Skip to main content

Launch of NHS 111 must be delayed as crisis worsens, warns BMA


GP leaders today (Thursday, 28 March 2013) called for Sir David Nicholson, Chief Executive of the NHS Commissioning Board, to delay the launch of NHS 111 as the crisis affecting the system threatens to put patient safety at risk1.

NHS 111, a telephone triage service designed to direct people with non life threatening conditions to the right part of the NHS within the appropriate timeframe, has been trialled in England ahead of a nationwide launch on Monday, 1 April2. At the same time, Clinical Commissioning Groups are scheduled to assume responsibility for commissioning services in the NHS and oversee the NHS 111 system in their region3.

Dr Laurence Buckman, Chair of the BMA’s GP Committee, said:

“The BMA has written to Sir David Nicholson and asked him to delay the launch of NHS 111 until the system is fully safe for the public. We cannot sacrifice patient safety in order to meet a political deadline for the launch of a service that doesn’t work properly.

“There have been widespread reports of patients being unable to get through to an operator or waiting hours before getting a call back with the health information they have requested.

“In some areas, such as Greater Manchester, NHS 111 effectively crashed because it was unable to cope with the number of calls it was receiving.

“The chaotic mess now afflicting NHS 111 is not only placing strain on other already over stretched parts of the NHS, such as the ambulance service, but is potentially placing patients at risk. If someone calls NHS 111 they need immediate, sound advice and not be faced with any form of delay.

“The BMA is particularly concerned that CCGs will find it difficult to cope with the worsening crisis now gripping NHS 111 when they take responsibility for the service next week.

“CCGs will be taking over a service they did not commission or ask to be set up, at a pressurised time when they are also assuming responsibility for a raft of other services and budgets within the NHS. The government has also made it clear that CCGs will have to foot the bill for any financial costs, such as hiring staff to cover for NHS 111 failures.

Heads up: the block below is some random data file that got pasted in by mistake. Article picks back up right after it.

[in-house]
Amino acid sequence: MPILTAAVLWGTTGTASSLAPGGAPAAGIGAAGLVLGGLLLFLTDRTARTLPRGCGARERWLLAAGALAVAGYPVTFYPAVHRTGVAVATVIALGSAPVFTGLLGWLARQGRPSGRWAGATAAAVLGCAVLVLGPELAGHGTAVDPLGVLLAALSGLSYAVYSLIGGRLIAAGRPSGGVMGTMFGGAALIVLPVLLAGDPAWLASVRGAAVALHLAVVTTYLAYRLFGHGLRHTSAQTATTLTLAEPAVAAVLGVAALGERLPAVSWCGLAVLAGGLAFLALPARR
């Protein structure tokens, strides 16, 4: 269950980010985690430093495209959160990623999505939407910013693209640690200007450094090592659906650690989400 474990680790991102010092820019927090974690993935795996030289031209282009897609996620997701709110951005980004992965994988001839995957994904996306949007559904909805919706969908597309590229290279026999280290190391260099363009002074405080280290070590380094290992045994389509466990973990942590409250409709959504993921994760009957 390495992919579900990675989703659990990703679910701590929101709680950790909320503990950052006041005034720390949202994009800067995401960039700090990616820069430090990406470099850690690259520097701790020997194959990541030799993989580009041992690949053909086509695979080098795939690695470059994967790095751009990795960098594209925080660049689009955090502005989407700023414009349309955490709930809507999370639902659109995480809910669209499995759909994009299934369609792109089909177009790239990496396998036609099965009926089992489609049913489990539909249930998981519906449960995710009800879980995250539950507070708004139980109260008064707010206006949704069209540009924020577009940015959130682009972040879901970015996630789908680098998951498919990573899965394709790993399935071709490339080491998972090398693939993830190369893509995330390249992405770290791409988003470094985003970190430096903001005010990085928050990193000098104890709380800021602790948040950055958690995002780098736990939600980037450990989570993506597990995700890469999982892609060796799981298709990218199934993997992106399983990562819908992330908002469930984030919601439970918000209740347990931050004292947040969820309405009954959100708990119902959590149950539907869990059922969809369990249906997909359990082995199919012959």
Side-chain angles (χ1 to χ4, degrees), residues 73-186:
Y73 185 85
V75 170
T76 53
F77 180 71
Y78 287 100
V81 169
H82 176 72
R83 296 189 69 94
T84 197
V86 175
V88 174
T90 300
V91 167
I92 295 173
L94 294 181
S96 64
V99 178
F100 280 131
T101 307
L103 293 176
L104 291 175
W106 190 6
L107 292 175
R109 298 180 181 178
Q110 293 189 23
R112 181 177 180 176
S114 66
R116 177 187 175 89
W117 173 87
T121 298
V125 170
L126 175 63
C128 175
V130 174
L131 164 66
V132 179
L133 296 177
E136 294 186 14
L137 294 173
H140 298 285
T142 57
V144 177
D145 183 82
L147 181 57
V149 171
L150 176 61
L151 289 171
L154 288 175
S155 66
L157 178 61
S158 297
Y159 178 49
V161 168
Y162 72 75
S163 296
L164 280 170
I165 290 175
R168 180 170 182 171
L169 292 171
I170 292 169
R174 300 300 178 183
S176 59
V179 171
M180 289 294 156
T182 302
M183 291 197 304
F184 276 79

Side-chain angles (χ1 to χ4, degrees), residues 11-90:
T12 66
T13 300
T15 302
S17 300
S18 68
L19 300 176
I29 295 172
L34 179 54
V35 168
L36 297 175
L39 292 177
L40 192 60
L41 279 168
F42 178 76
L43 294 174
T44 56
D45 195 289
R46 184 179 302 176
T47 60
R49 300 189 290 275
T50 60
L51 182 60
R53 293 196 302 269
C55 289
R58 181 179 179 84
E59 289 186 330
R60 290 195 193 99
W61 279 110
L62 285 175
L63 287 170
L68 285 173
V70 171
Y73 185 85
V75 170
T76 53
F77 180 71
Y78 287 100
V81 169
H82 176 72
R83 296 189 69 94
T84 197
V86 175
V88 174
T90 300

“The BMA has been warning the government about the problems with NHS 111 for almost two years. They must act soon to ensure that patient safety is protected.”

Comments

Popular posts from this blog

The lion and the wildebeest

Birds flock, fish school, bees swarm, but social being is more than simply sticking together.  Social groups enable specialisation and a sharing of abilities, and enhances ability, learning and creating new tricks. The more a group works together, the more effective they become as a team.  Chimpanzees learn from each other how to use stones to crack nuts, or sticks to get termites.  All around us we see cooperation and learning in nature.  Nature is inherently creative.  Pulling together becomes a rallying cry during a crisis.  We have heard it throughout the coronavirus pandemic.  "We are all in this together", a mantra that encourages people to adopt a common strategy. In an era of 'self-interest' and 'survival of the fittest,'  and 'selfish gene', we lose sight of the obvious conclusion from the evidence all around us.   Sticking together is more often the better approach.  This is valid for the lion as it is also for the wildebeest.   We don't

Noise pollution puts nature at risk

 "I just want a bit of peace and quiet!" Let's get away from all the hustle and bustle; the sound of endless traffic on the roads, of the trains on the railway, and the planes in the sky; the incessant drone; the noise. We live in a world of man-made noise; screeching, bellowing, on-and-on in an unmelodious cacophony.  This constant background noise has now become a significant health hazard.   With average background levels of 60 decibels, those who live in cities are often exposed to noise over 85 decibels, enough to cause significant hearing loss over time.  It causes stress, high blood pressure, headache and loss of sleep and poor health and well-being.   In nature, noise has content and significance.  From the roar of the lion, the laughing of a hyena,  communication is essential for life; as the warning of danger, for bonding as a group or a pair, finding a mate, or for establishing a position in a hierarchy - chattering works.  Staying in touch is vital to working

Therapeutic animal stress

Interacting with animals is known to be therapeutic,  particularly in reducing stress.  But do we consider sufficiently the effects this may have on the animals involved?   We might assume that because it is calming for us, then it must be so for the therapeutic animals, but is this so?  New research suggests that it isn't always without stress for the animals involved.  Positive human-animal interaction relates to changes in physiological variables both in humans and other animals, including a reduction of subjective psychological stress (fear, anxiety) and an increase of oxytocin levels in the brain.  It also reduces the 'stress' hormone, cortisol. Indeed, these biological responses have measurable clinical benefits.  Oxytocin has long been implicated in maternal bonding, sexual behaviour and social affiliation behaviours and in promoting a sense of well-being .  So far, so good.  We humans often turn to animals for stress relief, companionship, and even therapy.  We kno